The catch is that we are all sinners, so wealth, success and happiness cannot be signs of a righteous life, no matter what some smooth talking television pastor may say. It wasn’t about who you were but who you would be.

We read the Old Testament reading for today and we marvel at the fact that the man who wrestled with Jacob had to resort to trickery to defeat Jacob.  Yet, somehow we know that this was God and God should not have to resort to trickery to win a wrestling match.  But what I think we have to realize is that there are times when we are the worthy opponent for God, because we are willing to do those tasks that He sets before us.

If we think we can beat God on our own, then I think we had better think again.  We cannot defeat God.  But if we are up to the tasks that God sets before us, then it will be a draw, just as it was for Jacob.  But we must also realize that, just like Jacob became Israel and a new nation began, we will not be the same person that we were when the struggle began.

John and Charles Wesley both struggled with the idea of what it meant to be saved.  All they did before what we call the Aldersgate moment was meaningless and it did nothing to change their lives or the lives of the people they met.  When the two brothers came back from Georgia, they returned in failure and despair.  I don’t think that many people today know that on that night when John Wesley went to the meeting at Aldersgate, his brother Charles was at home dying.  That is how devastated Charles felt because of their failure in Georgia.  And at that moment when John felt his heart strangely warmed and he gained the assurance that God did truly love him, so too did Charles begin to feel the presence of the Holy Spirit renewing his life as well.  It was that empowerment that provided the spark that would enable the Methodist Revival to take hold in England and in America.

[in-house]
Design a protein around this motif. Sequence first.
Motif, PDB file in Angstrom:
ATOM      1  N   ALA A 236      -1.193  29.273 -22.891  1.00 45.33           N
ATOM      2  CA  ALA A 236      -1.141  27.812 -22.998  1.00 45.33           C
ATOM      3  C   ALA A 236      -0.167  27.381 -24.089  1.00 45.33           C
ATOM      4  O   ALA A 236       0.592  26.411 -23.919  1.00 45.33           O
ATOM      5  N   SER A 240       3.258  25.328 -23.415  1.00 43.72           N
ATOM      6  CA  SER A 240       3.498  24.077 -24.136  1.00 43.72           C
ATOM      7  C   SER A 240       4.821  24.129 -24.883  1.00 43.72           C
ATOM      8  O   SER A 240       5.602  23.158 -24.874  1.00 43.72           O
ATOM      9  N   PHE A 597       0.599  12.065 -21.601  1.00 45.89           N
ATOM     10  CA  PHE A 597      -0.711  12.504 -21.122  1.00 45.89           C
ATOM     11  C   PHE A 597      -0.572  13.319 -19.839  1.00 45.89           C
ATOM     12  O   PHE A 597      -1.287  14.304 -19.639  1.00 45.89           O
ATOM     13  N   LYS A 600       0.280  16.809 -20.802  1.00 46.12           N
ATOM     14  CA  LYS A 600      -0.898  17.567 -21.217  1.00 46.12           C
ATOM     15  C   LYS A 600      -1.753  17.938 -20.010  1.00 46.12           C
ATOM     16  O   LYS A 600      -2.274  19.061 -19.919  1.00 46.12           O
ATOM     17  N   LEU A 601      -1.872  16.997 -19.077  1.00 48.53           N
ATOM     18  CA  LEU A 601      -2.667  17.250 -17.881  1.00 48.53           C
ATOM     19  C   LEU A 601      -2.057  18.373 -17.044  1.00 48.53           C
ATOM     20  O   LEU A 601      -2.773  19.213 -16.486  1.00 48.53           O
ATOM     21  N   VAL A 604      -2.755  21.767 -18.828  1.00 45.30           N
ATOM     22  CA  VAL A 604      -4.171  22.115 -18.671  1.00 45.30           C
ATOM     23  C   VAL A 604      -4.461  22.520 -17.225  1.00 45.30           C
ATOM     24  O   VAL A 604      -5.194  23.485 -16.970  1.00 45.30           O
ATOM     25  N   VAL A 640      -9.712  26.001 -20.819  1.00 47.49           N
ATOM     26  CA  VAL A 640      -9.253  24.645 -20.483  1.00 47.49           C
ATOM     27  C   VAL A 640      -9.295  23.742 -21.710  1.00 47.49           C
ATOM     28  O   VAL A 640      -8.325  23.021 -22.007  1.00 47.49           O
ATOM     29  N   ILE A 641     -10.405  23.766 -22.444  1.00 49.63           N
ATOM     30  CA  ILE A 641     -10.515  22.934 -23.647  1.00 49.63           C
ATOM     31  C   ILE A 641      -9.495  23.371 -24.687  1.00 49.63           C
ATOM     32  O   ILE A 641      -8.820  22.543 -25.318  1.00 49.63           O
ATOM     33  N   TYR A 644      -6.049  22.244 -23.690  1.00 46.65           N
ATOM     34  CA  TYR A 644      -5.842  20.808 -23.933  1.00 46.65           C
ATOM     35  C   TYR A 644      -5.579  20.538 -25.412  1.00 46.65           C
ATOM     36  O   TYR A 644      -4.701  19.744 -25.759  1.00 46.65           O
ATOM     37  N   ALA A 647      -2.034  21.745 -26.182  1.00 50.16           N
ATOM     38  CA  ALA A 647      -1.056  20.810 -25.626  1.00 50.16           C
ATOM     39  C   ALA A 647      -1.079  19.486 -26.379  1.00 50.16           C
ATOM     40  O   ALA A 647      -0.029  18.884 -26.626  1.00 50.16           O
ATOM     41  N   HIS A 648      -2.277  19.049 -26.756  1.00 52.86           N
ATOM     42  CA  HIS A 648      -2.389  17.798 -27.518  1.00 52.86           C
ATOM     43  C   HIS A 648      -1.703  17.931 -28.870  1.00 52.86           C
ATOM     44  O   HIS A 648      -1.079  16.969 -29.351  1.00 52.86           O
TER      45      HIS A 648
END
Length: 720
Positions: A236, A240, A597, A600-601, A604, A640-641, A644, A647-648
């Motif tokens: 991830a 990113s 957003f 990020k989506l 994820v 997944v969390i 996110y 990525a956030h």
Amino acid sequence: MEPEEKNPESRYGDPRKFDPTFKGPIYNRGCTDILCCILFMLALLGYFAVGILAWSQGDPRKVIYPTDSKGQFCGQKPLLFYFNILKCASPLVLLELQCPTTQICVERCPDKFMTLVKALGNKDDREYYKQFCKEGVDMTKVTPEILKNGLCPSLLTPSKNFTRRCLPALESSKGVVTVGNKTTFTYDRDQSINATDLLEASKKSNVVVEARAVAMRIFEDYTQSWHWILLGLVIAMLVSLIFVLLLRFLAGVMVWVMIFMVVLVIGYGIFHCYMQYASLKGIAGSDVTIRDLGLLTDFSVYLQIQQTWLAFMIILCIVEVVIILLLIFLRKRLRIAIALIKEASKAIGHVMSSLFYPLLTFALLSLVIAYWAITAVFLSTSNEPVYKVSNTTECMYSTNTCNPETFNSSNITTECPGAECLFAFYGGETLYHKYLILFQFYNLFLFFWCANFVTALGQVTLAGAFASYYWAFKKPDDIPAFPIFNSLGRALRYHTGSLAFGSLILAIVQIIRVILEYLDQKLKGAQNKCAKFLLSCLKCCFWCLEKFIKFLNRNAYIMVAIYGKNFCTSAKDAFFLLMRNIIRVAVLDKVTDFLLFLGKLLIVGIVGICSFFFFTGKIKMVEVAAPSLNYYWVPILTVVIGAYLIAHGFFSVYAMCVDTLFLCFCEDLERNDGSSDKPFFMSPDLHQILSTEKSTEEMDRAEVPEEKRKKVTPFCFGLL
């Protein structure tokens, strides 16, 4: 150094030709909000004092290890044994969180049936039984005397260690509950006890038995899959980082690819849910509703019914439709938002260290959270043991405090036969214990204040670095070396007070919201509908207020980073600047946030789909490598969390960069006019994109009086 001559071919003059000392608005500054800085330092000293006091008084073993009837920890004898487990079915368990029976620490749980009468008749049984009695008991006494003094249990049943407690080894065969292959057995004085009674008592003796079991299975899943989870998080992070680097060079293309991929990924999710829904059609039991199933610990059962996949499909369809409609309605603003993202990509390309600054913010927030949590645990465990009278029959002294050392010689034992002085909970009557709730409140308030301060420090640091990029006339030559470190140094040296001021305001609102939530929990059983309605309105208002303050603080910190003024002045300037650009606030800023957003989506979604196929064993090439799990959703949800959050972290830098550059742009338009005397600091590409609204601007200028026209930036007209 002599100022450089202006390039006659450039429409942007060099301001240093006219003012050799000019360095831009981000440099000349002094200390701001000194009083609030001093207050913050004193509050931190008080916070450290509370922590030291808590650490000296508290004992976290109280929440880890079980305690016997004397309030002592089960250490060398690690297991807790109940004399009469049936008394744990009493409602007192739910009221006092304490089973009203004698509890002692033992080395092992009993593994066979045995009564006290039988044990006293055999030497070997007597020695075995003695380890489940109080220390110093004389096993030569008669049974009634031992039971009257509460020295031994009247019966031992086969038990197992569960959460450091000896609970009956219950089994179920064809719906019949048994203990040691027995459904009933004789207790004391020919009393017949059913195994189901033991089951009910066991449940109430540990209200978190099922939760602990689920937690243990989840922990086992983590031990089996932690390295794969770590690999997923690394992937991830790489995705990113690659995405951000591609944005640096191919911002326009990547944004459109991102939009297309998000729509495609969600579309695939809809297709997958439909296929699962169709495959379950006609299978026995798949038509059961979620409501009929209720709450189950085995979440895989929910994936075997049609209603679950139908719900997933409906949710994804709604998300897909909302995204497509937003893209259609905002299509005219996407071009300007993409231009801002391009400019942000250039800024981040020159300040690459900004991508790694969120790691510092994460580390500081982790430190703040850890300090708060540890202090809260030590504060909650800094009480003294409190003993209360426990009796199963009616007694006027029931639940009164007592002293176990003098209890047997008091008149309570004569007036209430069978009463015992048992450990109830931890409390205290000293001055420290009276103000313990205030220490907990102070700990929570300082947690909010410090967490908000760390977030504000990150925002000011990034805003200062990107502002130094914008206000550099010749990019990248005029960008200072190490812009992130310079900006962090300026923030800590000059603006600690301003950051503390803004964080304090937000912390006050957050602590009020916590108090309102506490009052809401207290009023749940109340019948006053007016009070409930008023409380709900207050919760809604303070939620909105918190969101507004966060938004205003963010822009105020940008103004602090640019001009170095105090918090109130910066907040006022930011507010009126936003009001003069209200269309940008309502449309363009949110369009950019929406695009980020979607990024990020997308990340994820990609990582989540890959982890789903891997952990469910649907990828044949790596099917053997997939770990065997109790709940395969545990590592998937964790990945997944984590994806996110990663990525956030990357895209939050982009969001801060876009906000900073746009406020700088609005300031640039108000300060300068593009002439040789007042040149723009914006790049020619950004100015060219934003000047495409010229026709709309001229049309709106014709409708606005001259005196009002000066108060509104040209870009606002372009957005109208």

We live in a world where there are those who insist on a life of laws and regulations.  It defines their days; it allows them to define who may enter their world and who must stay out.  It is a world that says that military might is the only way to insure peace; it is a world that says security must be maintained at all cost.  In this world of laws and regulations, it is believed that people are unemployed because they want to be.  And if I have plenty of food on my table, why should I worry about those who go hungry every night?  And if I have a place to comfortably sleep each night, why should I worry about those who sleep outside or in a shelter if they are lucky?  Those who do not have homes to sleep in or food to eat are too lazy to find housing or food.  That is what it is like to live a life of laws and regulations.